Apparently the microcoasts were an instant hit, as locals and weekenders headed to the “beach” for sunbathing and picnicking. I know I’d be there all the time if I’d always lived in a town with an amazing shoreline that had previously been too rocky to sit around and enjoy!
I also think it’s cool that these were funded by the Vinaros City Council. Perhaps not the most practical use of funds, but why not an occasional project purely meant for the enjoyment of a local asset? It doesn’t hurt that it’s incredibly well-designed and is also probably drawing tourist dollars as people come to check them out. Brilliant!
Designed by Guallart Architects.
I’m having a major Wes Anderson-meets-Motorcycle Diaries daydream right now due to discovering “Das Rollende Hotel”– “the rolling hotel” concept by Rotel.
Their converted buses have little sleeping cabins like trains, freeing you from having to stay within a day’s drive of a hotel while you travel and letting you traverse destinations all over the world way off the beaten path. Meals are eaten at local eateries or cooked bus-side after finding ingredients at the market.
This has officially been added to my list of trips I need to take at some point in life. The destinations they offer are amazing!
Loving this piece from the NYT Style Magazine on the former glory of the styles of the skies.
“We’re told that there was a magical time long ago when, whatever your seat assignment, flying was first-class. But when did it all end? Last week, Marie Force, the archivist at the Delta Heritage Museum in Atlanta, published an online gallery of photographs of Delta flight attendant uniforms from 1940 to the present. “Delta was one of the more conservative airlines,” Force says. “We didn’t have hot pants.” Still, for almost 40 straight years, the airline’s female flight attendants (something called “stewardesses”) turned heads.
In the 1940s, they did it with military-style overseas caps and spectator shoes; in the ’50s, with futurist insignias and stiletto pumps; and in the ’60s, with A-line topcoats, alligator-print boots, Chanel-inspired jackets with three-quarter-length sleeves and the “Delberet,” a pillbox hat designed for Delta by Mea Hanauer, a New York milliner. The ’70s were all about coo-coo colors, bell-bottom pants, Slavic tunics and, weirdly, a yellow raincoat. And then in the ’80s, Delta took a sartorial nosedive that it couldn’t recover from until 2001. Return your seat to its upright position, and take a look.”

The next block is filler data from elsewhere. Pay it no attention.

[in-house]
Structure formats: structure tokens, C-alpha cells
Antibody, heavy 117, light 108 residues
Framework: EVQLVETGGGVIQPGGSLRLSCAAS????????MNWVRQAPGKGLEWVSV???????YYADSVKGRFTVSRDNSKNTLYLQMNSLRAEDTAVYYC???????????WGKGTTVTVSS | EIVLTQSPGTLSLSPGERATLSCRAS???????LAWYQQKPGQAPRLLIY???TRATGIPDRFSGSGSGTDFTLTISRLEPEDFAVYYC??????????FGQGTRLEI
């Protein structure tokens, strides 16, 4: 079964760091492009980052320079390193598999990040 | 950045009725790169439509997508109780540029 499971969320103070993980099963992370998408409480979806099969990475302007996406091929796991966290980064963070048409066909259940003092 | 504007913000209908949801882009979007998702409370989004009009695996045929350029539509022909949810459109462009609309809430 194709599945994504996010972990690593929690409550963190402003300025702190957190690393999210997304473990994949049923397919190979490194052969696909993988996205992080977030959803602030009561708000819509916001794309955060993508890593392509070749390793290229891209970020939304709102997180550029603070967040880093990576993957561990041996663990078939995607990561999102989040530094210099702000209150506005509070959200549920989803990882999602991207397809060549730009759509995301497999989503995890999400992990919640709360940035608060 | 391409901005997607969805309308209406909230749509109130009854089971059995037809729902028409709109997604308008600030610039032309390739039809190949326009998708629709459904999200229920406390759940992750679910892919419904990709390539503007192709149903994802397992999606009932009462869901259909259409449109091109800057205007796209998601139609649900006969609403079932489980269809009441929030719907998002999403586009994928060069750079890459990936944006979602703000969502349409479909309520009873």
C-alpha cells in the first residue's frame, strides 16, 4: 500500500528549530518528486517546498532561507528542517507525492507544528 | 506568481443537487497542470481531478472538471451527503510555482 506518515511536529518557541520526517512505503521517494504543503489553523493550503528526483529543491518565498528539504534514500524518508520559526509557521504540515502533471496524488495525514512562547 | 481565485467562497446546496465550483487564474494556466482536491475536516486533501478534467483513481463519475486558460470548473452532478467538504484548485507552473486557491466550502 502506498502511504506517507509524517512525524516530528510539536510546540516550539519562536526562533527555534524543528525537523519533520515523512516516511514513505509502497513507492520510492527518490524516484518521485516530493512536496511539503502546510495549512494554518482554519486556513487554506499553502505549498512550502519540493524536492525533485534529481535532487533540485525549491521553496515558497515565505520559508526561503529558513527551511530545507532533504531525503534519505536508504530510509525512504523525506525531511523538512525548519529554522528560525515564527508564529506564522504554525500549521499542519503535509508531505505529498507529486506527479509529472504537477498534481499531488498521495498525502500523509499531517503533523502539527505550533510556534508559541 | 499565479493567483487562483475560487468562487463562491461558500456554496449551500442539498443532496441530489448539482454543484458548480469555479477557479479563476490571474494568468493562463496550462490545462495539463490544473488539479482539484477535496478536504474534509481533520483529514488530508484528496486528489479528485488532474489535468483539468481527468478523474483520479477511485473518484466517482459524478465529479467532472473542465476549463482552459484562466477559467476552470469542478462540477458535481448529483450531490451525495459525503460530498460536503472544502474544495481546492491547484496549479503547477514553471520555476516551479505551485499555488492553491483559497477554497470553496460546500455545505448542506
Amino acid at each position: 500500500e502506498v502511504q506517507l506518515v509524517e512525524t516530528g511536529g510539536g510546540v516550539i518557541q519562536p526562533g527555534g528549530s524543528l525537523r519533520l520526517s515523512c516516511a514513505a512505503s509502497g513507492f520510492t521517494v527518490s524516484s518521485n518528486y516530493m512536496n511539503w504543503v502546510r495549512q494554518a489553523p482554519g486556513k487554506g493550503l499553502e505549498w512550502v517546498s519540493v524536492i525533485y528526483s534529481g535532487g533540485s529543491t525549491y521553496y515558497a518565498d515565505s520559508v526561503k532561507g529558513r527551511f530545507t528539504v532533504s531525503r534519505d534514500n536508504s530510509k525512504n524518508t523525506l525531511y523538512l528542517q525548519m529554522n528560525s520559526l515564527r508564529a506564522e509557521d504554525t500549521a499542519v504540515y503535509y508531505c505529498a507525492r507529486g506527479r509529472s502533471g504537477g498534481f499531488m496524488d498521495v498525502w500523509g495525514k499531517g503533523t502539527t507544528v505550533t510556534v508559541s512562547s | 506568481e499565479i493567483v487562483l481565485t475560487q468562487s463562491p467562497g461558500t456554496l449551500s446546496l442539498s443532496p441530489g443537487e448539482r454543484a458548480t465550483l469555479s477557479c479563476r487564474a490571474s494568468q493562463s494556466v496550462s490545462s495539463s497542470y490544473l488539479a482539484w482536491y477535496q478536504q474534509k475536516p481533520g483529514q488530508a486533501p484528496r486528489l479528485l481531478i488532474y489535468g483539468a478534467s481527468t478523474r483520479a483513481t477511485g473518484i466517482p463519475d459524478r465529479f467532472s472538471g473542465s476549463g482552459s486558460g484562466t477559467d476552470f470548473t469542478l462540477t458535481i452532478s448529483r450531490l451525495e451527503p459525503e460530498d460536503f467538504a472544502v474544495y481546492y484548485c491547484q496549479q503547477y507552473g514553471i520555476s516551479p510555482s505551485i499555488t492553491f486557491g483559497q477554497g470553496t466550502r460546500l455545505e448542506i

My mom was actually just telling me today that the prettiest girl she knew as a teenage in Memphis went on to be a Pan-American stewardess and that it was the biggest deal because only the most beautiful girls were hired by Pan-American. Then, she was scouted by someone from Hollywood who was on one of her flights, and she ended up in the movie South Pacific. A “fairytale story,” as my mom put it. Those were different days indeed.
via… someone who still flies in style… thanks!
Doesn’t this make traveling look stylish? Like it used to be? Back in those good old days I like to talk about that I didn’t live through?
So maybe she’s on a private plane and she had hair and makeup people because this is actually a photo shoot and not real life, but leave that out and she’s still heads above the rest because there’s not an Ugg or sweatpant (#petpeeve) in sight.
I’m not saying you have to look like this babe while traveling, but I don’t think it’s even passable to stoop to the ugliness of airports and airplanes and dress so dismally to fly. Let’s start a movement to resurrect the era when airtravel was posh.
Flavia de Oliveira shot by Fabio Bartelt – it was an editorial, so not all one designer, but I don’t even know what magazine it was for… sorry!
via Maison Chaplin